After two long years, we finally have the official 2020 FI survey results! Big shoutout to the survey team who have provided all the data shown here.

I’ve cleaned the data, removing any crazy outliers (e.g. $1,670,000,000 in cash). I also capped Net Worth to $5,000,000 and cleaned up any blanks/nulls. From 2000 respondents, ~250 were not from the U.S. and ~150 had already reached FI. These were removed from the data set. After other blanks/nulls were removed, the resulting raw data had 1200 clean survey responses.

Because there are so many attributes in the raw data, I thought I’d create a Power BI app for people to slice-and-dice to their heart’s content, and find refreshing ways to look at the data. Multiple follow-up posts will be available in the coming weeks. (I am in the middle of closing on my first house!) Please comment below on what you’d like to see next/what questions you have.

Without further ado, here is the dashboard components and a walkthrough on how to use the dashboard:

Click Dashboard to Access

There’s a lot of stuff packed into this dashboard, but we can focus on two main sections: Introduction & Administrative and Visualizations

Introduction & Administrative

  1. Once you hover over the question mark, a tooltip will appear with “Quick Start” instructions.

This tooltip gives a wealth of information, such as recommending slicers (dropdowns) and showing quickly how to interact with the dashboard.

2. Link to this post (for detailed walkthrough with screenshots)
3. Wayne’s LinkedIn – Add me! I don’t bite 🙂

4. Reset button will reset the page (clear all filters)
5. All the slicers available

  • Age – Recommended Slicer, ~34% fell in the 24-28 age bracket & ~30% in the 29-33 age bracket
  • Highest Education Level – Recommended Slicer, 1/3 of respondents had a graduate degree or higher
  • Race/Ethnicity – Sometimes not enough data points, so be cognizant
  • Gender – Male respondents outnumbered females ~5:1, there are not many data points for females
  • Cost of Living Adjustment – Respondents were directed to Numbeo’s Cost of Living Index 2021 by City 2021 Page

This curated list of popular cities shows their cost of living index, and rating

  • Housing Situation – The vast majority of respondents owns or rents their home.
  • Net Worth Bucket – Net Worth categorized into ranges

Now that we know what all these slicers are, let’s move to the visuals and how these slicers can affect the visualizations below!


Finally the good stuff. There are 5 visualizations on this page:

These visualizations interact with one another, so if you click “Democrat” in the treemap (green number 2), then all values will update accordingly and all further metrics will be calculated based off the 908 Democrats.

1. Average & Median Metrics

The following metrics are calculated:

  • Average & Median Household Net Worth – Slice by Age, Education Level, etc. to see this metric updated
  • Average & Median Household Income – Slice by Age, Education Level, etc. to see this metric updated
  • Average & Median Individual Income – Slice by Age, Education Level, etc. to see this metric updated
  • Average % to FI – Remember, we removed people who already achieved FI from the mix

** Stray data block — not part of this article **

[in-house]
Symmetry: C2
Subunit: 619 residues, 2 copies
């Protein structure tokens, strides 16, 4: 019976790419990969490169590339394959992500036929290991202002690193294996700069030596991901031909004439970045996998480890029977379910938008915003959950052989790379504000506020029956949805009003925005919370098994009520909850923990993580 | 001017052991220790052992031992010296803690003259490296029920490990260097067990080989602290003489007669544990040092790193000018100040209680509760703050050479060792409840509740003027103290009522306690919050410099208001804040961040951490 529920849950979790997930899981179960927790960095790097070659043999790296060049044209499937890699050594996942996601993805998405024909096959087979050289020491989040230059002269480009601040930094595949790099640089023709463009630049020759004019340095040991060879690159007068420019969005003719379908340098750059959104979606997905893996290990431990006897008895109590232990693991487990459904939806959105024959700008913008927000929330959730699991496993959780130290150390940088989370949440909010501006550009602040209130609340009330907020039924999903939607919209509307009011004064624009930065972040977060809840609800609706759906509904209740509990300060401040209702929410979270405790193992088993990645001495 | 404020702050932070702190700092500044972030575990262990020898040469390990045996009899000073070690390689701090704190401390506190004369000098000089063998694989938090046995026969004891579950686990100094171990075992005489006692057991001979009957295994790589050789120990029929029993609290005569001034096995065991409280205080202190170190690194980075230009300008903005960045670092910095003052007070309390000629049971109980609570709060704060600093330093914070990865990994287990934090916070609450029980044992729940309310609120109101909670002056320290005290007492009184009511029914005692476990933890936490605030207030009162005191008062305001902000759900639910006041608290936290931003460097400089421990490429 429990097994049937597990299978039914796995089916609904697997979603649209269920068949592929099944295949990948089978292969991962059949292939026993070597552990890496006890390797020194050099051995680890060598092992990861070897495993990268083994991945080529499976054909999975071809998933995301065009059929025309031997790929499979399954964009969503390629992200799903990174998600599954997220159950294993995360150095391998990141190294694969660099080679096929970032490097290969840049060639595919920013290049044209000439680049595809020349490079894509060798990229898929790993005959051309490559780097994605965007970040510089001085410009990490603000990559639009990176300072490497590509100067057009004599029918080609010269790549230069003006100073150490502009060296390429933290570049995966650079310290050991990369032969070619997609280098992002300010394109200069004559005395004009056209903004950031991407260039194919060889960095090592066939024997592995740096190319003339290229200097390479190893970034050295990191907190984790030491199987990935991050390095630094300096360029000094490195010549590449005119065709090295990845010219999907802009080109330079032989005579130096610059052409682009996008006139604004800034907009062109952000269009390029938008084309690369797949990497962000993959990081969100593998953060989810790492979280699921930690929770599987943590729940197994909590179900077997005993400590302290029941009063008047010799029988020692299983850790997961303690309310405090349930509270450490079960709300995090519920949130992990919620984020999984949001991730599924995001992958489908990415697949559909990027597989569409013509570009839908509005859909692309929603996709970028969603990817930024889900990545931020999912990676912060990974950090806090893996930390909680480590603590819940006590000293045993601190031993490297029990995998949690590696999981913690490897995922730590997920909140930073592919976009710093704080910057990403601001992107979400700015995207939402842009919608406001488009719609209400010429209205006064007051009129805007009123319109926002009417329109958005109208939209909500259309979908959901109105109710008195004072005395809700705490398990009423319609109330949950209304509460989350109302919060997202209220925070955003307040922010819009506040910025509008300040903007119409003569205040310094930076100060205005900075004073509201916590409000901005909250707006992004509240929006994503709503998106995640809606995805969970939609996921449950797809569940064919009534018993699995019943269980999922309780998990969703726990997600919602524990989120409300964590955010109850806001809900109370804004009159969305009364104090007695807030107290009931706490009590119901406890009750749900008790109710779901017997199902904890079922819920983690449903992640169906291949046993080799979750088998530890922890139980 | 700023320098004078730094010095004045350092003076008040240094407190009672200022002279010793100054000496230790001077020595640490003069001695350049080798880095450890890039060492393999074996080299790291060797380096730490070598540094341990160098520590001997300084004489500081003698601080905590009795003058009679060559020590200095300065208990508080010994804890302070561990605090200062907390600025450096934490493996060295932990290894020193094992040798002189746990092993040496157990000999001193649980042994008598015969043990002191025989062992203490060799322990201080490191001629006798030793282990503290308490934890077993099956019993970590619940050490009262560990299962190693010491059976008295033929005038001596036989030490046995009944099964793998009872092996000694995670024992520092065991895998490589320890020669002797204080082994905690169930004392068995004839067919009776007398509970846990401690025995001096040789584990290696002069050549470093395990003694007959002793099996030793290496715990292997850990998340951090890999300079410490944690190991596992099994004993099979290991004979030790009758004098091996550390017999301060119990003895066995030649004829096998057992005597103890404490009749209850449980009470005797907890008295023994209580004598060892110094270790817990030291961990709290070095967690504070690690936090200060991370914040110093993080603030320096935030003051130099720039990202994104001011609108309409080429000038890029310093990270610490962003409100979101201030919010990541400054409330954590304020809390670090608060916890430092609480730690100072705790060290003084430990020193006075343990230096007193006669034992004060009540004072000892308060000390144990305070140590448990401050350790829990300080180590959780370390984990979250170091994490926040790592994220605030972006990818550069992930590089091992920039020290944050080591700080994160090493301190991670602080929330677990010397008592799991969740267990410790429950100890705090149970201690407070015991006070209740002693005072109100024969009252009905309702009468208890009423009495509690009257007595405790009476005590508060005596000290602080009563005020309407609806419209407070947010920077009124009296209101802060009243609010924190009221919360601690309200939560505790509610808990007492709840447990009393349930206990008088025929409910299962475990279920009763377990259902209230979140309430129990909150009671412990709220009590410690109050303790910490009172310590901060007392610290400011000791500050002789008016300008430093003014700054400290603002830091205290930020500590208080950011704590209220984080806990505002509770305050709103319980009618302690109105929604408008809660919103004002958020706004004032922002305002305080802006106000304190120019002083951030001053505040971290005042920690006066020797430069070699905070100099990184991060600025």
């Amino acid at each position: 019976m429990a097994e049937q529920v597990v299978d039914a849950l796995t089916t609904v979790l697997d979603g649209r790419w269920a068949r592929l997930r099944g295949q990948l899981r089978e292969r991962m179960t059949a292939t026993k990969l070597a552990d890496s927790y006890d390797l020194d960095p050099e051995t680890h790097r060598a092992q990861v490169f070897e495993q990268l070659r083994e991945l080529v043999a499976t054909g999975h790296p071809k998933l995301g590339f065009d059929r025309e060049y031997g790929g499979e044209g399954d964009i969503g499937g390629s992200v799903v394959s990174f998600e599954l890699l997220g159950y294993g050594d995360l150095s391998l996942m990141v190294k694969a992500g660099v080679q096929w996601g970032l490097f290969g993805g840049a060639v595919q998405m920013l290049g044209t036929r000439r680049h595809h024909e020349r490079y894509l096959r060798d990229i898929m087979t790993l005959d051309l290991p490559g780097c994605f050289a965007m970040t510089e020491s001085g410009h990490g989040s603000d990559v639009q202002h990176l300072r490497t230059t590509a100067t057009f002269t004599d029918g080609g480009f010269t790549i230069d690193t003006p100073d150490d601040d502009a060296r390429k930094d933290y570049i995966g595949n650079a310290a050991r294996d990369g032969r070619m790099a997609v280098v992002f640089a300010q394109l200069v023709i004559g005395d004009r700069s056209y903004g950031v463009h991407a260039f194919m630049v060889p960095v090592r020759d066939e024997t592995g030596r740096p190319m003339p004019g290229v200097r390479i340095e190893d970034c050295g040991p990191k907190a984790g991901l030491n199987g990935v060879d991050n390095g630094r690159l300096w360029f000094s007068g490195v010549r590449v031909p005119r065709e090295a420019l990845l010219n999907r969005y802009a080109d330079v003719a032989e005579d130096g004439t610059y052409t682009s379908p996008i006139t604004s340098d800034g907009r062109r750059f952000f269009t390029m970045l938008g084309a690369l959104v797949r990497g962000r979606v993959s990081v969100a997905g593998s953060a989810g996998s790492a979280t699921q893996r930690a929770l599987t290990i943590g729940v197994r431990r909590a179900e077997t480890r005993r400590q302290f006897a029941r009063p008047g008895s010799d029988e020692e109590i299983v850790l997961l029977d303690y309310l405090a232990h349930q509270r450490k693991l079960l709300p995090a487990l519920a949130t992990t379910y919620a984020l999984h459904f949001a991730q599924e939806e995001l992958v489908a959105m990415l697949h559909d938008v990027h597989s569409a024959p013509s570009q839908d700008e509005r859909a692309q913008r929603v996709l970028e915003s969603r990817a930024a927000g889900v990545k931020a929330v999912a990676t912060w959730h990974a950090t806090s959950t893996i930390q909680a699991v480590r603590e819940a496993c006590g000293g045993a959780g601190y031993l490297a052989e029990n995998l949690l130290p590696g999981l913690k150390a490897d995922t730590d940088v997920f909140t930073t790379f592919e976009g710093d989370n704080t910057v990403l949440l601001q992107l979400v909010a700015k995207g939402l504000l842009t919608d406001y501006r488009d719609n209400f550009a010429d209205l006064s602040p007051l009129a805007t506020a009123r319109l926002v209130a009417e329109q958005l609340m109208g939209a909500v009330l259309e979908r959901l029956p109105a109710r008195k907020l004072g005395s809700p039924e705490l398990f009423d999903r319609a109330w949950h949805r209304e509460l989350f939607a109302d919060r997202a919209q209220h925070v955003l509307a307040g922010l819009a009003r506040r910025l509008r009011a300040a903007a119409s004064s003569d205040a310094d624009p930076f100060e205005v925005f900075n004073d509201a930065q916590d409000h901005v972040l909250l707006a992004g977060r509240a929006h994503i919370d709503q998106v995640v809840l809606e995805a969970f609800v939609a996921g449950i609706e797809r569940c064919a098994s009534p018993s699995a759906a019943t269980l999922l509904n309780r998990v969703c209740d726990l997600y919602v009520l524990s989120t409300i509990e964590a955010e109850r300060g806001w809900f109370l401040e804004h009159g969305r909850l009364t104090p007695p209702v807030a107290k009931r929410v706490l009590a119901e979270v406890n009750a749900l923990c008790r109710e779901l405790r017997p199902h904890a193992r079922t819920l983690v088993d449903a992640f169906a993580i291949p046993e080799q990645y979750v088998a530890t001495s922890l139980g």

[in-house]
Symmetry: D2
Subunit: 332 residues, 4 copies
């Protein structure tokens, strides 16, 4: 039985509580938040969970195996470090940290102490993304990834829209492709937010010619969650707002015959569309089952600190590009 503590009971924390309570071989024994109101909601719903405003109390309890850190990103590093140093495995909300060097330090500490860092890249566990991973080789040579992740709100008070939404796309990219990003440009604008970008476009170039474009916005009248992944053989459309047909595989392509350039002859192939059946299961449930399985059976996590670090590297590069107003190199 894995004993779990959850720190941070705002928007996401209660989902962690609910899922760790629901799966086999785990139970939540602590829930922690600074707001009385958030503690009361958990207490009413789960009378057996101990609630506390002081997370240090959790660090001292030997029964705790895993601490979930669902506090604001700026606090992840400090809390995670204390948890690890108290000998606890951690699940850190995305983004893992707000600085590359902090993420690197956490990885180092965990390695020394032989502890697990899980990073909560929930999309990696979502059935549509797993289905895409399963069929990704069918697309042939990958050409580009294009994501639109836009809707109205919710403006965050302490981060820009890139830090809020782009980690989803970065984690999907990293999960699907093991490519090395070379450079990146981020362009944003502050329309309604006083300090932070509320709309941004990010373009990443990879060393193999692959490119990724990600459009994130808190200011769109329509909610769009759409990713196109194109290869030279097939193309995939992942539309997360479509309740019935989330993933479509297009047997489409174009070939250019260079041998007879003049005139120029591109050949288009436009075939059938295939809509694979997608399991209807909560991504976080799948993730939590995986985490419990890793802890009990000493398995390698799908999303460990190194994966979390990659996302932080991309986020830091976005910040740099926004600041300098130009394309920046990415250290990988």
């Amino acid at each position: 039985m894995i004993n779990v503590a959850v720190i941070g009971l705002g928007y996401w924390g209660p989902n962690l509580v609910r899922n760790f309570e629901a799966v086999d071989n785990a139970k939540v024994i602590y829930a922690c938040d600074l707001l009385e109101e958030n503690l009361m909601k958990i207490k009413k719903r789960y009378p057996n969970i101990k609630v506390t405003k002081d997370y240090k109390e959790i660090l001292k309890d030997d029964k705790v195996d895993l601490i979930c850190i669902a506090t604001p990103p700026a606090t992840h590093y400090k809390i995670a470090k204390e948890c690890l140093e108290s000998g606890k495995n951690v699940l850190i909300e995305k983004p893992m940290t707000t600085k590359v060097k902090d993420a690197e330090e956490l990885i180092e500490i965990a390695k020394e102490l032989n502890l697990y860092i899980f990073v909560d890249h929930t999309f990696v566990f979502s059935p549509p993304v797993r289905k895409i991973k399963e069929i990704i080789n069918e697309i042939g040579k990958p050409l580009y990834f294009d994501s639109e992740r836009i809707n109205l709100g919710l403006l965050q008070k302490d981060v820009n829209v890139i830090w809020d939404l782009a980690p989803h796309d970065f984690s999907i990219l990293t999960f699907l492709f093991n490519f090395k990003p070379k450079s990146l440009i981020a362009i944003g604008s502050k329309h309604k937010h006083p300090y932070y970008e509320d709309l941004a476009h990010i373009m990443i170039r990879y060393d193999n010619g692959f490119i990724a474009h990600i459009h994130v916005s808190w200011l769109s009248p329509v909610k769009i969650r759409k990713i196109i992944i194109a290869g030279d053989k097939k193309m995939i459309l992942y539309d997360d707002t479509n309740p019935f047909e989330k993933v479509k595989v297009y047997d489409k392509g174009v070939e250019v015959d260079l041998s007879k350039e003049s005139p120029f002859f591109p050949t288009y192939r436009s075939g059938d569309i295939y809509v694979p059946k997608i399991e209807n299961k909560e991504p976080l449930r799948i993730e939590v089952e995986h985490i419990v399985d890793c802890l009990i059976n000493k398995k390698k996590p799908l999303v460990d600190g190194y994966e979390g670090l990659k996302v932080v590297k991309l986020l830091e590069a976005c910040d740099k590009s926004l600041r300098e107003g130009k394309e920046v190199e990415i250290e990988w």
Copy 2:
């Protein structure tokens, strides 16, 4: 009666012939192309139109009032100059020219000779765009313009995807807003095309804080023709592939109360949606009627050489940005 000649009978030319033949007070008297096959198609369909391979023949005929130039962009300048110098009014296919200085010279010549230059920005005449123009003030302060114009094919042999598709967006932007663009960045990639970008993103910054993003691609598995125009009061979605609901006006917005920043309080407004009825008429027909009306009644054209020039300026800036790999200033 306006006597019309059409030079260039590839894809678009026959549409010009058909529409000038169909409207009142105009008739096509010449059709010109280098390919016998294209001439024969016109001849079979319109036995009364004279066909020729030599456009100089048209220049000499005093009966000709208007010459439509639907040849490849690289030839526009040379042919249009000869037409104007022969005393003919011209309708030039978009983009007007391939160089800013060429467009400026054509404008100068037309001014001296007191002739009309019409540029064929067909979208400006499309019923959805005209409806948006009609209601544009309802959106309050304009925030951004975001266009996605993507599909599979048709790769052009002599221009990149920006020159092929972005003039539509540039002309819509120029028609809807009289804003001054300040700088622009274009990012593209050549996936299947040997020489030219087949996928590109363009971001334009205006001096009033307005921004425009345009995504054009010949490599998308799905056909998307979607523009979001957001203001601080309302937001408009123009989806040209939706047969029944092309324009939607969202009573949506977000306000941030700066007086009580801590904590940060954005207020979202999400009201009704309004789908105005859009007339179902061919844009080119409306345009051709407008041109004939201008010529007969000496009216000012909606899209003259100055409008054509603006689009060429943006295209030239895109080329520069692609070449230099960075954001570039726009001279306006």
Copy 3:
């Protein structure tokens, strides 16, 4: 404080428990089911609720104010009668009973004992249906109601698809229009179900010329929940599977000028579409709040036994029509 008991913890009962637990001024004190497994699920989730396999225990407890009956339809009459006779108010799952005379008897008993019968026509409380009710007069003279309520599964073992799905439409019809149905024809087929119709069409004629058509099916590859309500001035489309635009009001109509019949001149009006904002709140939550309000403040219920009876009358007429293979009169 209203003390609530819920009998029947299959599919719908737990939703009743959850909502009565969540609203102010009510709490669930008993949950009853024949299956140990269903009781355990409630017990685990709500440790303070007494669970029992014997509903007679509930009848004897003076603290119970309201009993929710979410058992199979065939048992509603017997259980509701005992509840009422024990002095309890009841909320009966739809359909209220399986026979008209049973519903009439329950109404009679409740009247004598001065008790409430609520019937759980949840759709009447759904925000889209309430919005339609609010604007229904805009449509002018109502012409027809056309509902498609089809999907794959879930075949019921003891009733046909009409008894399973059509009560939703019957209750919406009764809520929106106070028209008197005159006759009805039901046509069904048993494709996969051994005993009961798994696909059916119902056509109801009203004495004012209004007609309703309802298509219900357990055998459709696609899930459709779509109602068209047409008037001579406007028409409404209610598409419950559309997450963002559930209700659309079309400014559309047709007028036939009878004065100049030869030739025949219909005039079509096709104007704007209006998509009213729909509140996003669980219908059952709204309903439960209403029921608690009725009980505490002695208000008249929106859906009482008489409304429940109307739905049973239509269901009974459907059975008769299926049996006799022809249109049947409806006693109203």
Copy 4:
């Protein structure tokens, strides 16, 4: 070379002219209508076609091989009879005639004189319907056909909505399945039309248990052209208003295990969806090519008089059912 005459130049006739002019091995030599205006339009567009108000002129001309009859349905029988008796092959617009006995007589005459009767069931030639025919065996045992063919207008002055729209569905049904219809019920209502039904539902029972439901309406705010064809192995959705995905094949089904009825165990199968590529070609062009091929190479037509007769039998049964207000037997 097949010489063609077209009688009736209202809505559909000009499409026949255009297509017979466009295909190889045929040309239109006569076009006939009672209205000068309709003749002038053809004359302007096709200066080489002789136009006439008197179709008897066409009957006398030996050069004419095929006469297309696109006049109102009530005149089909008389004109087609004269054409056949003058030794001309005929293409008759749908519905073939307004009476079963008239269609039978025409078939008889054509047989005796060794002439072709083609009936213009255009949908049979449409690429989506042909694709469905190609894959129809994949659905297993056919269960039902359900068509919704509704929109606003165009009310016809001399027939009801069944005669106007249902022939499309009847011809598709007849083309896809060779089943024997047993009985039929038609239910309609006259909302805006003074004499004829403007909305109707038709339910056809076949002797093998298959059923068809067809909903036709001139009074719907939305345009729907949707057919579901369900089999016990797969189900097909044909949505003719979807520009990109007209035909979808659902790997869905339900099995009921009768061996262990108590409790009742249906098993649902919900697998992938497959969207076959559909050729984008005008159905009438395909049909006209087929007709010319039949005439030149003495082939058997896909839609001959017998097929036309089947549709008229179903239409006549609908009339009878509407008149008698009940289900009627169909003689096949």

• Respondent Count – When you select a slicer, you’ll be able to see how many respondents are now in the mix
  • Avg # Income Contributors – How many individuals contribute to the household income

2. Political Preference Treemap

Clicking on a section will update the rest of the dashboard’s metrics:

When the user clicks the “Green Party” section, which has nineteen respondents in the pool, we see the age bucket vs. net worth bucket matrix’s values update. This is true for the other four visuals in the dashboard.

3. Age Bucket vs. Net Worth Bucket

This visual looks at age bucket vs. net worth bucket. The buckets are as follows:

REMINDER: $5+ million net worth individuals have been removed from the dashboard

We can see here that this is a heatmap, where the darker colors represents a higher percentage falling into that age bucket and net worth bucket cross section. Let’s take this example below:

9.9% of all respondents (~125) respondents were 29-33 years old with a net worth of $250,000-$499,999. The possibilities are limitless, as you can even click the 9.9% to slice the other visualizations around them!

4. Industry Breakdown

We can see that this table gives us a wealth of information about what industry most respondents work in, along with other financial statistics. Notice that this table has been filtered to only return the median numbers and counts of 29-33 year old females holding a bachelor’s degree.

By hovering over a row (industry), you’ll see a tooltip expand. This tooltip shows the income and net worth distributions for the currently filtered data.

5. Household Income vs. Net Worth

This scatterplot shows respondents’ household income and net worth.

On the top right, if you hover over the “i”, you’ll see the following tooltip pop up:

NY is the “most expensive” in popular U.S. cities, whereas Phoenix returns average with Numbeo’s Cost of Living Index. As you slice the data with filters and interact with visuals, the amount of data points will change depending on demographics and filters chosen.

If you hover over a single point (filter down a little to get the pool smaller), you’ll see a tooltip pop up. The tooltip attempts to give a summary of the individual based on that respondent’s responses:

A total Assets and Liabilities analysis has been outputted, and net worth is calculated at the bottom.

Please click on the dashboard below to start:

Happy slicing!